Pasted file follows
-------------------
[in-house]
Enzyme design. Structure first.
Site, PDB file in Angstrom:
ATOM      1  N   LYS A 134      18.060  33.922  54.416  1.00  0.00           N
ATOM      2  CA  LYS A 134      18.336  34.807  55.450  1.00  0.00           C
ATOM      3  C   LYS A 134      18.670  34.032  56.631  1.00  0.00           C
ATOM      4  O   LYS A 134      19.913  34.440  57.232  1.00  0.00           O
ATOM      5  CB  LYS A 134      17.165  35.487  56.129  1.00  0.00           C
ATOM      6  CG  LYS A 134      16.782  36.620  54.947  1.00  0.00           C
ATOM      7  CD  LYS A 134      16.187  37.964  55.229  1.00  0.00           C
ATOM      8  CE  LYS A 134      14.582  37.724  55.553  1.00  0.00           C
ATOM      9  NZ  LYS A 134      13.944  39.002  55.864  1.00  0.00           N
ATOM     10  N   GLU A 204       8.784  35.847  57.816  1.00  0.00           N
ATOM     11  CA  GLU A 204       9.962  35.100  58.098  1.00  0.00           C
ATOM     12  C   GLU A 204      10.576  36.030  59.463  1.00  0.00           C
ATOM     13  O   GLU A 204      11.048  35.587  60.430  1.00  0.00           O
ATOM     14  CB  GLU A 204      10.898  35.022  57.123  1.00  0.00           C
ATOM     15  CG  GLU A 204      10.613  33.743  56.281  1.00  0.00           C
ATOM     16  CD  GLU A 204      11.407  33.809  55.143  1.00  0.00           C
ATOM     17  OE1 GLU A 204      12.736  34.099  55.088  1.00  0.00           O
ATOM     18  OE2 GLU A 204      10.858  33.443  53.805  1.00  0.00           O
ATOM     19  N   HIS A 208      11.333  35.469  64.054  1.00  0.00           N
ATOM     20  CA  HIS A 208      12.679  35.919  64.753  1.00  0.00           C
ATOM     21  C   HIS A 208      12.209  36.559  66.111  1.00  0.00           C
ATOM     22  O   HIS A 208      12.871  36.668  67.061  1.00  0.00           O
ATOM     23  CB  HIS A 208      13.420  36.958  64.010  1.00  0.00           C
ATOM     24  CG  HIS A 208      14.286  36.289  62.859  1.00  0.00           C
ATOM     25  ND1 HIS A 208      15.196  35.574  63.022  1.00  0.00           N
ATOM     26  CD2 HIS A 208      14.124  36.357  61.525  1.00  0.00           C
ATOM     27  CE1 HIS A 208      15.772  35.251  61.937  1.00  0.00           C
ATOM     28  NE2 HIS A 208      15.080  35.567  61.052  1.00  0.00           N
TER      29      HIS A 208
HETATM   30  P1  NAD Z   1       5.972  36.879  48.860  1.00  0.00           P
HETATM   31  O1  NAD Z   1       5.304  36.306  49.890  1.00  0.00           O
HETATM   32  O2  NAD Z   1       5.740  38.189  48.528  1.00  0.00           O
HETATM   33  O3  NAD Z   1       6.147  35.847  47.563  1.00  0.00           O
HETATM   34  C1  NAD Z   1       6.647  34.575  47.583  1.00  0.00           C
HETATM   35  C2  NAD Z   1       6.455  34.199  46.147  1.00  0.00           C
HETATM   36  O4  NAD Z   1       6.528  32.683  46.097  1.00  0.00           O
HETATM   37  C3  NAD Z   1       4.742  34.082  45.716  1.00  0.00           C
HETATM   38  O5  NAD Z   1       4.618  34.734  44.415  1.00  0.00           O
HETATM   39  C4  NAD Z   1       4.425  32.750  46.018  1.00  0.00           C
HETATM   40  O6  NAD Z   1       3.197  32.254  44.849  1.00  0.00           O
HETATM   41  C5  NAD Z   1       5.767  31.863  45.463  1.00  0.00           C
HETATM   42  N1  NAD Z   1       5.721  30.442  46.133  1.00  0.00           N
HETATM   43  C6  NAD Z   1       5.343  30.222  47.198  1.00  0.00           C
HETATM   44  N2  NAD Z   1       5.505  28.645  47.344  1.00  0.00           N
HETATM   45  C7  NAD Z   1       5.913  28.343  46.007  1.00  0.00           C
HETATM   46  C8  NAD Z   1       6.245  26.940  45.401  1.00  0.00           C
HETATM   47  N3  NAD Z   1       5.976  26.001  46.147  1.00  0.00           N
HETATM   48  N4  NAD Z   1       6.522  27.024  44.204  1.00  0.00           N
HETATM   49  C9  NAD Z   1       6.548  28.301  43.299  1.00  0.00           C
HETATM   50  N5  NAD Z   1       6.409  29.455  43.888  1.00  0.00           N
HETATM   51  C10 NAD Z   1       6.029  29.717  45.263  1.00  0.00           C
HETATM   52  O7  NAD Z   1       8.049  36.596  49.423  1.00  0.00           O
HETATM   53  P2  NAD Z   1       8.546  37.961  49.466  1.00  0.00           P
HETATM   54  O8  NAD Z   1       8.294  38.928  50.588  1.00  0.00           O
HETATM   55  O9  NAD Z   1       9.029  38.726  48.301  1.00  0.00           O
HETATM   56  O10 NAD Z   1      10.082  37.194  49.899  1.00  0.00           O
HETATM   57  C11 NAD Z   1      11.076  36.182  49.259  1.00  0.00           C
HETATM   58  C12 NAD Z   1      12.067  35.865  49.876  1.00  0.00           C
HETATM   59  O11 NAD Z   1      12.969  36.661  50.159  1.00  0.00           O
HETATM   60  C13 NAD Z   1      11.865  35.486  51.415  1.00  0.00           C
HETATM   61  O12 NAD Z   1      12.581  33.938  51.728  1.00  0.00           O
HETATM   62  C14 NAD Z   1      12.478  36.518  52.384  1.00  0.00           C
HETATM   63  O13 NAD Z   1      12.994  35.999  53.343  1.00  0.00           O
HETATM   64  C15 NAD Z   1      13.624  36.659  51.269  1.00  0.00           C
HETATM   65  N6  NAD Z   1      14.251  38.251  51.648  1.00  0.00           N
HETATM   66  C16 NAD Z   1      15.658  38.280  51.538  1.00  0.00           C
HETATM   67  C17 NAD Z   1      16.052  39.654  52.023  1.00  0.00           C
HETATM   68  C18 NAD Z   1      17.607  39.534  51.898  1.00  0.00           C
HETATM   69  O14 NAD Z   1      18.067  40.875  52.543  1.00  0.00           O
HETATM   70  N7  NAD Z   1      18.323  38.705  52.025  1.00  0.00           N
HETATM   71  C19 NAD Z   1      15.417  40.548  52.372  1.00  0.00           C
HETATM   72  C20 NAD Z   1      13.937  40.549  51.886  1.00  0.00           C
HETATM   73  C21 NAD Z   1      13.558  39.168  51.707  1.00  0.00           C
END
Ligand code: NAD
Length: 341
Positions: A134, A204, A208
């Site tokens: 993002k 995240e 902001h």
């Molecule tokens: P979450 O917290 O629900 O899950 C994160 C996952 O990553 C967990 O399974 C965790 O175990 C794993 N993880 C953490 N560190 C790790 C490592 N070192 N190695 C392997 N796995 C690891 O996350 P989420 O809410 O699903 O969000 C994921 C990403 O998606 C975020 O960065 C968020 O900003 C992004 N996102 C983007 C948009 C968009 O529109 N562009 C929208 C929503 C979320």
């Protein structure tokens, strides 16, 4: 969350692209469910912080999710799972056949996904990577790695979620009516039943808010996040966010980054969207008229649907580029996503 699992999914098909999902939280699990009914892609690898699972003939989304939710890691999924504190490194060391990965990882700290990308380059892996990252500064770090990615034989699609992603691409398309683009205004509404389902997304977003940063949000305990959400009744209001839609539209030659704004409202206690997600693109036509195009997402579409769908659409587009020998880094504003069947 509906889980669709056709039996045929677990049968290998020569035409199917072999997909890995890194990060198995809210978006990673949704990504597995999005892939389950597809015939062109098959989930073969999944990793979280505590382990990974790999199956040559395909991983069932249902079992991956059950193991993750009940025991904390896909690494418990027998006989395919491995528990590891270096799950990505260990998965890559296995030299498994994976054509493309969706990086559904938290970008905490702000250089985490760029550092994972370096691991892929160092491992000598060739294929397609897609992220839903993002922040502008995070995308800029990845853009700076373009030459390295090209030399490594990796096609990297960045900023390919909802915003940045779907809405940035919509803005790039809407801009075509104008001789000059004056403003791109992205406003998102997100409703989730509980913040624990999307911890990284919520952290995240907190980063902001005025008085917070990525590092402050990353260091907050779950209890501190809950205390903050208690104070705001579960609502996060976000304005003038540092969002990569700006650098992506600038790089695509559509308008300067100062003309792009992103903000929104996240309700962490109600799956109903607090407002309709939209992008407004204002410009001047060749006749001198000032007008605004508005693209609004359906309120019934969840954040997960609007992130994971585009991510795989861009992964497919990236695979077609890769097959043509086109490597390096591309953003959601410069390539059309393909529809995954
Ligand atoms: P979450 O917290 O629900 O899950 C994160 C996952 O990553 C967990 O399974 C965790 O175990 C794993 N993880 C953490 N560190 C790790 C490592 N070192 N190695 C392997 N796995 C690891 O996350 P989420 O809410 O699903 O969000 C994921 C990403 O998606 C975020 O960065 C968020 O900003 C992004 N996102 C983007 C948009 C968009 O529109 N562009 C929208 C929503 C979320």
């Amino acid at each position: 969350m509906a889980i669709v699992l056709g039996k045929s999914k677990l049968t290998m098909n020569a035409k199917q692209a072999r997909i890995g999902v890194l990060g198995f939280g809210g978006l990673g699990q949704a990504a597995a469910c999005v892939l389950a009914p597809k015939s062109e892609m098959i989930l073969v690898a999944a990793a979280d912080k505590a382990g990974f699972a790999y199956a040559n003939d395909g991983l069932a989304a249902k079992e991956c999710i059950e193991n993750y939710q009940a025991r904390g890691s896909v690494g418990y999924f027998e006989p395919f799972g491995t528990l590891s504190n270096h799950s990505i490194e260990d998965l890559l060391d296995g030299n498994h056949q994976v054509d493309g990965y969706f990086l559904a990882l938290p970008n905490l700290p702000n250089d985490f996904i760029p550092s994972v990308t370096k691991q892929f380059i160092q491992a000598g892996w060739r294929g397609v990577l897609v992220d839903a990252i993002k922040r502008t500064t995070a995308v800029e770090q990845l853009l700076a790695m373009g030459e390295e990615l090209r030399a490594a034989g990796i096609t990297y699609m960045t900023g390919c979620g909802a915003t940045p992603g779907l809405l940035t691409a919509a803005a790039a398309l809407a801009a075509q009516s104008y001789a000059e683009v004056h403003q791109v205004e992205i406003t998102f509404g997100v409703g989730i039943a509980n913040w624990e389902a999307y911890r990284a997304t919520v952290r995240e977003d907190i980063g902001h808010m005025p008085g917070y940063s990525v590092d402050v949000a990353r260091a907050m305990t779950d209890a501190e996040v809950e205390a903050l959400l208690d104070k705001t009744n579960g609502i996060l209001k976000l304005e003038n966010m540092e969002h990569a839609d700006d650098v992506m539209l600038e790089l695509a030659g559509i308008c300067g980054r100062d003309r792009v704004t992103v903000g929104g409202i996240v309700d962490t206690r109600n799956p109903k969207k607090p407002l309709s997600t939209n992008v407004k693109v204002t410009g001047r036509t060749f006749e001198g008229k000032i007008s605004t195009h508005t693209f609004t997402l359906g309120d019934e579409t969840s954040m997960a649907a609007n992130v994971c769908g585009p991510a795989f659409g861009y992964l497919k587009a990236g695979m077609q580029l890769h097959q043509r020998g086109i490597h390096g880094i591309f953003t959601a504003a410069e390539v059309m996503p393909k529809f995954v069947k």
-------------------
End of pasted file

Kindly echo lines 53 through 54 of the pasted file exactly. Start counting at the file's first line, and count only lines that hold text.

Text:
HETATM   50  N5  NAD Z   1       6.409  29.455  43.888  1.00  0.00           N
HETATM   51  C10 NAD Z   1       6.029  29.717  45.263  1.00  0.00           C